Friday, November 30, 2018

Booknotes: Rebel Guerrillas

New Arrival:
Rebel Guerrillas: Mosby, Quantrill and Anderson by Paul Williams (McFarland, 2018).

The publisher's description for Rebel Guerrillas: Mosby, Quantrill and Anderson only broadly hints at what interpretive slant(s) might be taken in the book: "From the hills and valleys of the eastern Confederate states to the sun-drenched plains of Missouri and "Bleeding Kansas," a vicious, clandestine war was fought behind the big-battle clashes of the American Civil War. In the east, John Singleton Mosby became renowned for the daring hit-and-run tactics of his rebel horsemen. Here a relatively civilized war was fought; women and children usually left with a roof over their heads. But along the Kansas-Missouri border it was a far more brutal clash; no quarter given. William Clarke Quantrill and William "Bloody Bill" Anderson became notorious for their savagery."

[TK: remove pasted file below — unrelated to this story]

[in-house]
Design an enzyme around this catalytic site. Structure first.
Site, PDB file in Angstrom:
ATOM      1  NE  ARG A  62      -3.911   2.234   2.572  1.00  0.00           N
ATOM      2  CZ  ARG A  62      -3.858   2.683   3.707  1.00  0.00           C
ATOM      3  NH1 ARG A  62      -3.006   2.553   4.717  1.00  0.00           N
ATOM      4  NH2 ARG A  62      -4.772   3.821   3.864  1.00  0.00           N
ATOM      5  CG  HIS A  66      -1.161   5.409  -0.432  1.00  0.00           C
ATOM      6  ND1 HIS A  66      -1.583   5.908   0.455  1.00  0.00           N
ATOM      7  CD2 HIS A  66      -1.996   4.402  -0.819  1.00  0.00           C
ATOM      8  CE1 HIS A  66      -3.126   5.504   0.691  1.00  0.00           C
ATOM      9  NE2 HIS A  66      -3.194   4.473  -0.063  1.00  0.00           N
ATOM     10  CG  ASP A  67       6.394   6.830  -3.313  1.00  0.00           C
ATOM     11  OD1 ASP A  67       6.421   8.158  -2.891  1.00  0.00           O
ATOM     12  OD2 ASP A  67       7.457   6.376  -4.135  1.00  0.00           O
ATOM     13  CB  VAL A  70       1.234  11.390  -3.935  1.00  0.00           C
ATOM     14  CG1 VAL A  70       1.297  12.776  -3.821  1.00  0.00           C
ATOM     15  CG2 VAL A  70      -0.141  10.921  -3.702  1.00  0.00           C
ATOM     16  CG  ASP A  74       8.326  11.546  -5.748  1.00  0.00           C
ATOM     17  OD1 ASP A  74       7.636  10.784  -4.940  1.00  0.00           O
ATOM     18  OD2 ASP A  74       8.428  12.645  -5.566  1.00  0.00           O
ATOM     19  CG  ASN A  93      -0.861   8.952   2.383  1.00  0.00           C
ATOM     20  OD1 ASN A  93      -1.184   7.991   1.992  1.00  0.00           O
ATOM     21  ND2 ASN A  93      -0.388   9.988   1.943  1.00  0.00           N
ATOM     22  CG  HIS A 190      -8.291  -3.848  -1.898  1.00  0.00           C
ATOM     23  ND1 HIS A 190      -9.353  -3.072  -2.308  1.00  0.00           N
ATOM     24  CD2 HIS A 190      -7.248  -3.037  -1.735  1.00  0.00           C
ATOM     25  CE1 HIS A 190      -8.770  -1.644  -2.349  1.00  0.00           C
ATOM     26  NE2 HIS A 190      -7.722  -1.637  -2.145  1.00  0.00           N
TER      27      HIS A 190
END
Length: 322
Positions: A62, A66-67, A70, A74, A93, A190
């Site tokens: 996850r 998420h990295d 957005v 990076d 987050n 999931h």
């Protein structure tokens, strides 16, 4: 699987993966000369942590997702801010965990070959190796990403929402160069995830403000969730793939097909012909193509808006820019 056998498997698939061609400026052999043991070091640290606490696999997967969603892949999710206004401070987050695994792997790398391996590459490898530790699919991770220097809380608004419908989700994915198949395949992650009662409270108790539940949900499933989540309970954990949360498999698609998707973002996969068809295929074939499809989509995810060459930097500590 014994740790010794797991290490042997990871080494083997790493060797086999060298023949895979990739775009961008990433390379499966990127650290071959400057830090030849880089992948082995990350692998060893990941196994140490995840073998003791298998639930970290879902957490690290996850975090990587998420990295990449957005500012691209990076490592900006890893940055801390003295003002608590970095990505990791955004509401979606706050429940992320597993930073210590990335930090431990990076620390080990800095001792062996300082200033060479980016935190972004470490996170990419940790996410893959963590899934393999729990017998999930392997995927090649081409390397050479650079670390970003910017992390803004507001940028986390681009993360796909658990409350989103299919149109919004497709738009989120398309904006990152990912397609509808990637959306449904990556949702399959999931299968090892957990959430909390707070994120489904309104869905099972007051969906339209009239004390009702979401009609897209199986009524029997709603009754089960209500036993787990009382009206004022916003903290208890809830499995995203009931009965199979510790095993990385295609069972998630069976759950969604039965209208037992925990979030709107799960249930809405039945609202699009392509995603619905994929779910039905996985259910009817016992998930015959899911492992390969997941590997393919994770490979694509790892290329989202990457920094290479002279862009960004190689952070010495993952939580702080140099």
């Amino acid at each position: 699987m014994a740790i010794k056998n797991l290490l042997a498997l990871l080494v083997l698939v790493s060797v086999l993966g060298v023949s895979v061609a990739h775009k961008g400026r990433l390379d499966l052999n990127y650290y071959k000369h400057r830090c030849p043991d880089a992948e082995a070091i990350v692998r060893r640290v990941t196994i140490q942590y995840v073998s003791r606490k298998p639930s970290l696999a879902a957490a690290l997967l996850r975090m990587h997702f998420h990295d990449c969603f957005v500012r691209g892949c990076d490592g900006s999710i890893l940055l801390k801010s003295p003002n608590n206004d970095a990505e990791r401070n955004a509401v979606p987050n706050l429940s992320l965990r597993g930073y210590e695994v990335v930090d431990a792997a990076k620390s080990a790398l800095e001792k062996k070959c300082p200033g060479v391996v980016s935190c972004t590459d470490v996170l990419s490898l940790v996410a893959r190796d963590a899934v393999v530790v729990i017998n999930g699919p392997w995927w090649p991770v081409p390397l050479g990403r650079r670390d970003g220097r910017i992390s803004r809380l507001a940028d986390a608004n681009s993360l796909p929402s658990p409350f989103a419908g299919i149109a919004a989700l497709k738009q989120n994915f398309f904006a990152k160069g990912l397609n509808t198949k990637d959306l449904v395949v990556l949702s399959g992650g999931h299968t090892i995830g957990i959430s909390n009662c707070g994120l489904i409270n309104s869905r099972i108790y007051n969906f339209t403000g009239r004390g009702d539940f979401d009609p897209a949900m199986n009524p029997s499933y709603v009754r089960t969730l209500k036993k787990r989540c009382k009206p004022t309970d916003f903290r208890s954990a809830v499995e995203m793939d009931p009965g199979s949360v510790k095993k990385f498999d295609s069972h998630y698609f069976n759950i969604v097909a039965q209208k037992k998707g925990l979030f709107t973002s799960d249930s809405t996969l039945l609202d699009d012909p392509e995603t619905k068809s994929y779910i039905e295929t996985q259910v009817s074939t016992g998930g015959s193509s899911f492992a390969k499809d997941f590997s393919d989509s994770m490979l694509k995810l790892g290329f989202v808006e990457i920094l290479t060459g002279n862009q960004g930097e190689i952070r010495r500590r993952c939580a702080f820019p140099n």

The short prologue is similarly Booknotes-unfriendly in terms of giving me little in the way of a clear layout of the book's overall intentions, though it does offer perhaps some insight into what author Paul Williams plans to do with a trio of already well-documented irregular war figures. With John Singleton Mosby the ideally realized product of what the Confederacy's Partisan Ranger Act of 1862 intended to create, it seems the book will contrast the Virginian's actions with those of notorious Missouri bushwhackers William C. Quantrill and William T. "Bloody Bill" Anderson. It appears the study might also attempt to delineate some essential East vs. West differences in the character of the Civil War's irregular component, though one hopes the author doesn't go too far with drawing radical distinctions given that various savage forms of guerrilla warfare existed across all fronts. With Quantrill and Anderson being the same brand of fighter, it is a bit curious to include both men in what is presumably a three-way comparative study.

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